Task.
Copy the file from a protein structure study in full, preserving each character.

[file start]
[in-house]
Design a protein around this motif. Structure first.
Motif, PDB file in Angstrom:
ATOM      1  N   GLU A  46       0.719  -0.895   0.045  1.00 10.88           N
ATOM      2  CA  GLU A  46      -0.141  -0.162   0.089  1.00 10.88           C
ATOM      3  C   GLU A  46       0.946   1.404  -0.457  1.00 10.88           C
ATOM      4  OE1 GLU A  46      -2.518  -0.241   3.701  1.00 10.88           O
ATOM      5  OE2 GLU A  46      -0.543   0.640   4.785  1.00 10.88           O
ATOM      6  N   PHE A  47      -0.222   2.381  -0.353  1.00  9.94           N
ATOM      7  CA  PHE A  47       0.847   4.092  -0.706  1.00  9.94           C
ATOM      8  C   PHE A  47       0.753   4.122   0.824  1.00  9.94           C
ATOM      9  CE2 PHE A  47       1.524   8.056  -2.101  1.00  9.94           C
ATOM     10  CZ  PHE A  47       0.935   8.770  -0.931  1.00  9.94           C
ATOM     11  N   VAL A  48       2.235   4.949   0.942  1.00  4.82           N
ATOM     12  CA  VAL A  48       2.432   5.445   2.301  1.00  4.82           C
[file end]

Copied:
[in-house]
Design a protein around this motif. Structure first.
Motif, PDB file in Angstrom:
ATOM      1  N   GLU A  46       0.719  -0.895   0.045  1.00 10.88           N
ATOM      2  CA  GLU A  46      -0.141  -0.162   0.089  1.00 10.88           C
ATOM      3  C   GLU A  46       0.946   1.404  -0.457  1.00 10.88           C
ATOM      4  OE1 GLU A  46      -2.518  -0.241   3.701  1.00 10.88           O
ATOM      5  OE2 GLU A  46      -0.543   0.640   4.785  1.00 10.88           O
ATOM      6  N   PHE A  47      -0.222   2.381  -0.353  1.00  9.94           N
ATOM      7  CA  PHE A  47       0.847   4.092  -0.706  1.00  9.94           C
ATOM      8  C   PHE A  47       0.753   4.122   0.824  1.00  9.94           C
ATOM      9  CE2 PHE A  47       1.524   8.056  -2.101  1.00  9.94           C
ATOM     10  CZ  PHE A  47       0.935   8.770  -0.931  1.00  9.94           C
ATOM     11  N   VAL A  48       2.235   4.949   0.942  1.00  4.82           N
ATOM     12  CA  VAL A  48       2.432   5.445   2.301  1.00  4.82           C